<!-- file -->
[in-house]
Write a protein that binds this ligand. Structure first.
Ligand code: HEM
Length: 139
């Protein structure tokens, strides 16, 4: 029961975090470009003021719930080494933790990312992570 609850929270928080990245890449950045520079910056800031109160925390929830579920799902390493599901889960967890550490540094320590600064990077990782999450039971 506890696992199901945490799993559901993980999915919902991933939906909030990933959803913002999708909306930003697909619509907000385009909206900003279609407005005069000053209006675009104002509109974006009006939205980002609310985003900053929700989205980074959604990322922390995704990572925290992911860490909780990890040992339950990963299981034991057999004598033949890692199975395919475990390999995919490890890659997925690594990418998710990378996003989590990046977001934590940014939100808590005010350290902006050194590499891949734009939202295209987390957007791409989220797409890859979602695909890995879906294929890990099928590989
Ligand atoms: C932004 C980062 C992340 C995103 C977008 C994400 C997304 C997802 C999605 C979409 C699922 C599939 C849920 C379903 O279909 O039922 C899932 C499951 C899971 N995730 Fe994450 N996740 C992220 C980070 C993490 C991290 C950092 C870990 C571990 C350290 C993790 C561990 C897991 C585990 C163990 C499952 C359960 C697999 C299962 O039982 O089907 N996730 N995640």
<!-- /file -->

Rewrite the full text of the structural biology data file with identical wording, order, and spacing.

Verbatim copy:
[in-house]
Write a protein that binds this ligand. Structure first.
Ligand code: HEM
Length: 139
């Protein structure tokens, strides 16, 4: 029961975090470009003021719930080494933790990312992570 609850929270928080990245890449950045520079910056800031109160925390929830579920799902390493599901889960967890550490540094320590600064990077990782999450039971 506890696992199901945490799993559901993980999915919902991933939906909030990933959803913002999708909306930003697909619509907000385009909206900003279609407005005069000053209006675009104002509109974006009006939205980002609310985003900053929700989205980074959604990322922390995704990572925290992911860490909780990890040992339950990963299981034991057999004598033949890692199975395919475990390999995919490890890659997925690594990418998710990378996003989590990046977001934590940014939100808590005010350290902006050194590499891949734009939202295209987390957007791409989220797409890859979602695909890995879906294929890990099928590989
Ligand atoms: C932004 C980062 C992340 C995103 C977008 C994400 C997304 C997802 C999605 C979409 C699922 C599939 C849920 C379903 O279909 O039922 C899932 C499951 C899971 N995730 Fe994450 N996740 C992220 C980070 C993490 C991290 C950092 C870990 C571990 C350290 C993790 C561990 C897991 C585990 C163990 C499952 C359960 C697999 C299962 O039982 O089907 N996730 N995640």